My nose bleeds for three days, but it is nothing in the face of this terrifying wonder I feel: I will not die in a swimming pool, I will be a good teacher, and I understand fear. Over the next 15 years I will teach hundreds of terrified adults and children how to swim because I understand fear; I will save two children from drowning because I understand fear; my brother will drown in three feet of water on his vacation because no one around him understood fear; my assistantship during my graduate program will be in advanced aquatics. Swimming is both leisure and irony; it is no longer folly.

It is many years later and I doubt that Joe Lake agonizes over memories of me or the countless others he has shepherded into the depths. Fear--both spoken and unspoken --has kept me hungry through these years. I have opened the doors of most of the rooms in my head and am not nearly as terrified as I used to be; a life of reflection and commitment to unsparing self-honesty has left me competent, still curious, and puzzled about lots of things.... and profoundly humble. There is much to learn. I am not easily intimidated; I crave neither approval nor praise; I do not wield my intellect as a weapon. Neither my students nor my colleagues fear for their dignity in their dealings with me, yet, dissonance remains a strong feature in my learning, leadership and creative contexts. I think about the role of my unspoken fears in my life as a mother, a partner, a daughter, a sister, a friend, a teacher...and I wonder if I am short-changing my son, partner, parents, sister, brothers, friends, students; after all, survivors like me have responsibilities: we can't let someone drown where we were saved.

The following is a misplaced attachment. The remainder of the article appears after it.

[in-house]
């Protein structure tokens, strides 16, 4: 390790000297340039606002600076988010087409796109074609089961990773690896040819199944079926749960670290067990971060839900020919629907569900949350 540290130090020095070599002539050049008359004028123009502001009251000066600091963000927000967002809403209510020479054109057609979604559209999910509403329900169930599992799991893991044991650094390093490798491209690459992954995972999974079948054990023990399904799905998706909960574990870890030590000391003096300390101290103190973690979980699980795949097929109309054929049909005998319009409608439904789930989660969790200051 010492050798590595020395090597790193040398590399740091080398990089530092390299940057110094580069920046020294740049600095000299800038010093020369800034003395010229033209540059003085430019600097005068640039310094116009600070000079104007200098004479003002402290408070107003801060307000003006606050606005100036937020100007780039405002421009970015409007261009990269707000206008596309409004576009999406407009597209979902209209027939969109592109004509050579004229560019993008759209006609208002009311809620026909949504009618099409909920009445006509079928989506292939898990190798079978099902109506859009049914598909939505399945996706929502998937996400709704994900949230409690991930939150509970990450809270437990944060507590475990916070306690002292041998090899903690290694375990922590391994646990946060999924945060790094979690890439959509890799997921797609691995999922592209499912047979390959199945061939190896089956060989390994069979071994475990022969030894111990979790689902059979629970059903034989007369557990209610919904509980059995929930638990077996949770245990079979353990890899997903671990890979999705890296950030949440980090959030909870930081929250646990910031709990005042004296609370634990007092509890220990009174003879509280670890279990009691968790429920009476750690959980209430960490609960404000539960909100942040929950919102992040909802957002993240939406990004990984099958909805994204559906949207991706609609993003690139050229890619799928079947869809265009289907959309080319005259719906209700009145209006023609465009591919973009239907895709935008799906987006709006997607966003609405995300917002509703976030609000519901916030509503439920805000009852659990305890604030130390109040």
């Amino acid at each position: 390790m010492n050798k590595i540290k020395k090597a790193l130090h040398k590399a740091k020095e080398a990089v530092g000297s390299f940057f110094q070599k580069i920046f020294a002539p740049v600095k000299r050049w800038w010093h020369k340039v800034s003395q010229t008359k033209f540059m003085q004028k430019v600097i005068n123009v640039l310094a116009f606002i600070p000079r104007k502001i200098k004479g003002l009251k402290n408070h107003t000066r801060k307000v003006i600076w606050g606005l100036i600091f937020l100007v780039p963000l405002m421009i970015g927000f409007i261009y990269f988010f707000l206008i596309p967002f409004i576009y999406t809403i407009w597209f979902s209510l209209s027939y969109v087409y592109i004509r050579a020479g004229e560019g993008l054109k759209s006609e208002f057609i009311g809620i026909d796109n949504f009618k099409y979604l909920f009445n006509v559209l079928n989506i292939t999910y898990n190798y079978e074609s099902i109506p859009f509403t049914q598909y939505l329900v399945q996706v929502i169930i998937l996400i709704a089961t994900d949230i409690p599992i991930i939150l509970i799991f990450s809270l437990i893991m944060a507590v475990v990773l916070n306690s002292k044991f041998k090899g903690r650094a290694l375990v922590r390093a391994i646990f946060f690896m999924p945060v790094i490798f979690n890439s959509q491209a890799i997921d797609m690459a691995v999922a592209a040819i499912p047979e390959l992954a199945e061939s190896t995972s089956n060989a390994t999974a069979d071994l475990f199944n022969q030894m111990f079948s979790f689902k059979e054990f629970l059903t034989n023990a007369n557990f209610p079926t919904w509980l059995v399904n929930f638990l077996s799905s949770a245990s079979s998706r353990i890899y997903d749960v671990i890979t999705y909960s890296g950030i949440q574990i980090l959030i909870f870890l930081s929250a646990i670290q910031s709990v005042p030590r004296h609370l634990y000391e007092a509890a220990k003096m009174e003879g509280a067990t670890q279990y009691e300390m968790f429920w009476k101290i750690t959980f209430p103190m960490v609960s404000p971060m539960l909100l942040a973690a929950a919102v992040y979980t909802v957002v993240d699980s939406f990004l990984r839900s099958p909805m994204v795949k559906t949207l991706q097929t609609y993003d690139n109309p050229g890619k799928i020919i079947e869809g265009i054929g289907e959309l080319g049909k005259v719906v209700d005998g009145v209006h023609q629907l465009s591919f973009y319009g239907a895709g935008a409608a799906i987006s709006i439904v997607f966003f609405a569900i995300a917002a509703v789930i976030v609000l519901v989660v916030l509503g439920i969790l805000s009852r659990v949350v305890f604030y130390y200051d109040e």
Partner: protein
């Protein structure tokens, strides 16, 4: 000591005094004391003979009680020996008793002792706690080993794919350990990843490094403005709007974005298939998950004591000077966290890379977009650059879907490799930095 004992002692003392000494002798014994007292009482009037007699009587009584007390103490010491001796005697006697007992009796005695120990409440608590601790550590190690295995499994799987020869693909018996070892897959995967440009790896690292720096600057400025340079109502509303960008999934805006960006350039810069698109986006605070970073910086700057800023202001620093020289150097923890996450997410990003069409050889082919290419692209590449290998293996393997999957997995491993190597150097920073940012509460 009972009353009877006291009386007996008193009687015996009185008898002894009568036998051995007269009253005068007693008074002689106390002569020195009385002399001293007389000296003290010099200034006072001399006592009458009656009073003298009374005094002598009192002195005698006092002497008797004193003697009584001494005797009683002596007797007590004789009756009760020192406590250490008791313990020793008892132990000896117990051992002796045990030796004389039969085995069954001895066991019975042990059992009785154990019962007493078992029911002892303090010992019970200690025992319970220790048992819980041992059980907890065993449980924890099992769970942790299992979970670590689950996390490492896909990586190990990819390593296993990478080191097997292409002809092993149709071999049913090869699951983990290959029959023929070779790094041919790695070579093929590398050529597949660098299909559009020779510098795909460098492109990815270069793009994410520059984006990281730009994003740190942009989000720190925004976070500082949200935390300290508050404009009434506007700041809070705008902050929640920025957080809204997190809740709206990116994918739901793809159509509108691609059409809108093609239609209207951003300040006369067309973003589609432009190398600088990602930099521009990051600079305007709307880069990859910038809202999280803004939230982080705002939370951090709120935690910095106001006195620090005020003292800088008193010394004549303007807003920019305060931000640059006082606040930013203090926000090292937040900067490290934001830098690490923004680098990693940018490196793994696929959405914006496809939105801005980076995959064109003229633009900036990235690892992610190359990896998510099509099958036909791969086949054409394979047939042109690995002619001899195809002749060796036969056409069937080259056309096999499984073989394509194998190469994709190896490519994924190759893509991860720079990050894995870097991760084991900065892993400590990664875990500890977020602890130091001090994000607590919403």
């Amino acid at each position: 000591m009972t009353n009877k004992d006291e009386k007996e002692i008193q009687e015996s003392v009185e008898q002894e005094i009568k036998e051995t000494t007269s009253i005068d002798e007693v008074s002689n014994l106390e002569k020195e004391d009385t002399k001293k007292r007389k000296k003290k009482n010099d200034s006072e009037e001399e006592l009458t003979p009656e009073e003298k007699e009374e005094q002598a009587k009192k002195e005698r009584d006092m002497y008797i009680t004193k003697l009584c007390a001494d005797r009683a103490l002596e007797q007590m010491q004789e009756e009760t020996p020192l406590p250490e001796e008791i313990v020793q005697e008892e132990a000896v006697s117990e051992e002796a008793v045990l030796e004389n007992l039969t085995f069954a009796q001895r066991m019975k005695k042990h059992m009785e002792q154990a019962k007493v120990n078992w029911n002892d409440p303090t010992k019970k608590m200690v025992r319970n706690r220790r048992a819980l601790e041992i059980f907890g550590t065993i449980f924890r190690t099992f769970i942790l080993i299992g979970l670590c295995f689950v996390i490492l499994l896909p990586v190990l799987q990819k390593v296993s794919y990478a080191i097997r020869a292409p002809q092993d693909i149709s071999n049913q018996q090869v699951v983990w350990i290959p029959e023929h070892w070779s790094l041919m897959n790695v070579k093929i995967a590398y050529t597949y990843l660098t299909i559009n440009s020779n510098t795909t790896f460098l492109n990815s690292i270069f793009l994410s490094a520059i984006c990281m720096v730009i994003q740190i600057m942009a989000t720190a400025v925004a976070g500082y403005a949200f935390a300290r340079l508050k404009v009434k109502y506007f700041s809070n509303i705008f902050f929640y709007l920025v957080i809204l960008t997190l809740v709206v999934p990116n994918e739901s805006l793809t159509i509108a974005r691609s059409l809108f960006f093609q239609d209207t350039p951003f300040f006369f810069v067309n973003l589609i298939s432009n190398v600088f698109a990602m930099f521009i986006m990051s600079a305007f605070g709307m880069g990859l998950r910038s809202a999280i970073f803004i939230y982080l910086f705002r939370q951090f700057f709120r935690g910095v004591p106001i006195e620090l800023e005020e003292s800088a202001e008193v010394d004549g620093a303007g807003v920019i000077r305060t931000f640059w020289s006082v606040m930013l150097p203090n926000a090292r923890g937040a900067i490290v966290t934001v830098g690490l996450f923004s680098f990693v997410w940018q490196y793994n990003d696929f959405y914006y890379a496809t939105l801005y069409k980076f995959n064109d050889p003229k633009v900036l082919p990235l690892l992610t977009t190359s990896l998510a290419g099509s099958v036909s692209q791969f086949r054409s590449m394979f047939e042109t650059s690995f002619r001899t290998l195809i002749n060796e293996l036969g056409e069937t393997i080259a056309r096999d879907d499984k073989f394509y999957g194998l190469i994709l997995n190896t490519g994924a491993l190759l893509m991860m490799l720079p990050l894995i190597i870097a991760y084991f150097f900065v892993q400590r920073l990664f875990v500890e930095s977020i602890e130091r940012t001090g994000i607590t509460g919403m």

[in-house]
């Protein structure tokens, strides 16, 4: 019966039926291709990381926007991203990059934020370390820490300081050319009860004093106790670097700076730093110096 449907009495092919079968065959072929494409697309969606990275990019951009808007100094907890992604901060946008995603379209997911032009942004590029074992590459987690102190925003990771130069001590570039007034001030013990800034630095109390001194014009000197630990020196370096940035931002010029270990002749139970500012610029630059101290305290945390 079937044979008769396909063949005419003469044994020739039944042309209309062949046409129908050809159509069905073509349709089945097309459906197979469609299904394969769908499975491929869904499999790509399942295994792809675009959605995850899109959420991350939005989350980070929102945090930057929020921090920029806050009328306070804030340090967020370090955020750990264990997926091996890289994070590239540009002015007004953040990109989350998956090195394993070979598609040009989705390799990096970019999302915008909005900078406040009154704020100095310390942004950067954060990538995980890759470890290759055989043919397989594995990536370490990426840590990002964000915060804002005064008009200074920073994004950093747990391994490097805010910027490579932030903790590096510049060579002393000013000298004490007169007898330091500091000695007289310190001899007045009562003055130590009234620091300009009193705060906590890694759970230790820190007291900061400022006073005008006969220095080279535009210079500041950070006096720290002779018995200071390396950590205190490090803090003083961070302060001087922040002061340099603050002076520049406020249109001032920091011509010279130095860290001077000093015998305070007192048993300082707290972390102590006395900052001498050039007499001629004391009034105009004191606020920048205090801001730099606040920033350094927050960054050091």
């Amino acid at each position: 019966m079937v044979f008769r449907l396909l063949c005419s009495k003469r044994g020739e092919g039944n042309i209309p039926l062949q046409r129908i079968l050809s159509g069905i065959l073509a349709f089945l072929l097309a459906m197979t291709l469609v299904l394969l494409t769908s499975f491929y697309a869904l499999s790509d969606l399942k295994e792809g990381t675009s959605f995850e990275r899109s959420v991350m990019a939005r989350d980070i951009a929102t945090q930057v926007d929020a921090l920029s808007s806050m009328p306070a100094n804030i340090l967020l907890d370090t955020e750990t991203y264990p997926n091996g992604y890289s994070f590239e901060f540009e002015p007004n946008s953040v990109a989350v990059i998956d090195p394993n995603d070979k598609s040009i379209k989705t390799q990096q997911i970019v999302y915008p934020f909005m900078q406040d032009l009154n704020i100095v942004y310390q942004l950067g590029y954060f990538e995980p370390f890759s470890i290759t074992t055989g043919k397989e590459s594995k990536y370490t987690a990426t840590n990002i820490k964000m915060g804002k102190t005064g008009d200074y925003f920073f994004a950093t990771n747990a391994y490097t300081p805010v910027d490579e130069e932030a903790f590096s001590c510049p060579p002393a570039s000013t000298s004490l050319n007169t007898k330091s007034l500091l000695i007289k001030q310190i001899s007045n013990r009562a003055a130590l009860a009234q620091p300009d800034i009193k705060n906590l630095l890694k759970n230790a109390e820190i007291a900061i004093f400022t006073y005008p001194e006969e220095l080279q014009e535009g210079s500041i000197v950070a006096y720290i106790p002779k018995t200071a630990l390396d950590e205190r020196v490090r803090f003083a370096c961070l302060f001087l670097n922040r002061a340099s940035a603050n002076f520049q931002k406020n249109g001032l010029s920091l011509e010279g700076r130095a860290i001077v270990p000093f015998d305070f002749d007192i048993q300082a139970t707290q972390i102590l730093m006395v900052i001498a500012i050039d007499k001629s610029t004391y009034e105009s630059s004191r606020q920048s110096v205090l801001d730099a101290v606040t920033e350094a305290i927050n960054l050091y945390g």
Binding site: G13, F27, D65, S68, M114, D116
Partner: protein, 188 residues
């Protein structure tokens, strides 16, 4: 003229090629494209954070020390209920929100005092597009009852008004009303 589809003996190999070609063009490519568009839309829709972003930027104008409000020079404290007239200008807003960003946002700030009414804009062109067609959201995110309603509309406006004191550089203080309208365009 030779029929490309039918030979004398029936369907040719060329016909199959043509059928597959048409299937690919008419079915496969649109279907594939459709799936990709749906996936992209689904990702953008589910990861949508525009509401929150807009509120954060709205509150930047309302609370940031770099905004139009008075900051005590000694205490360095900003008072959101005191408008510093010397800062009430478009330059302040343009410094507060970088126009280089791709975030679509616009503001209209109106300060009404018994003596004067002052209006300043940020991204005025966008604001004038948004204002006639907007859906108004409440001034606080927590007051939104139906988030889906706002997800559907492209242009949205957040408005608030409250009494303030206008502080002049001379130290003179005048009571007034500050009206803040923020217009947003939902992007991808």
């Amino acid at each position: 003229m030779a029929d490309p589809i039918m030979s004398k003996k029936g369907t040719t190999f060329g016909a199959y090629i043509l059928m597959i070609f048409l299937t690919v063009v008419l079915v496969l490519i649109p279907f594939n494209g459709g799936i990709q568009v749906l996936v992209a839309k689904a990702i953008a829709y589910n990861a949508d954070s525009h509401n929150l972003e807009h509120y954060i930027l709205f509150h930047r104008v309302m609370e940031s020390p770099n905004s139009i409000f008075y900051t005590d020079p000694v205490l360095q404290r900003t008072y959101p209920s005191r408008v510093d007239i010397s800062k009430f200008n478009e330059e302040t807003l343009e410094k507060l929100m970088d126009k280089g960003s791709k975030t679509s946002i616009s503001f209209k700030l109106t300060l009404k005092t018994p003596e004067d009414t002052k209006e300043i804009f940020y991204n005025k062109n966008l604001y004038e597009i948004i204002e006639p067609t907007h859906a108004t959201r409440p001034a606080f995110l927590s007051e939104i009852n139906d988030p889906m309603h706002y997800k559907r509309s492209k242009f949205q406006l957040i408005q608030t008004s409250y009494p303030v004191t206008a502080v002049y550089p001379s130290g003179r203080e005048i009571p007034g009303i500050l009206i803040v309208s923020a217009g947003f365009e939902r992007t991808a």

What are the depths I need to explore? Will I be willing to explore these depths, to brave the silence and the speaking? Will I know another's fear when I see it? Will I recognize my own? Pre-occupied with my inability to settle for mediocrity and complacency in myself and, if I am honest, in others, I often feel that bottom slipping away, those pathetic flapping attempts at warding off my own irrelevance. One hour of Joe Lake's life changed my life. What is my unspoken fear? Not giving that hour; being too busy with " more important things" ; not recognizing the depths or the fears in others ... in myself. This is my fear, my fuel, my muse, my hope.

Thanks, Joe.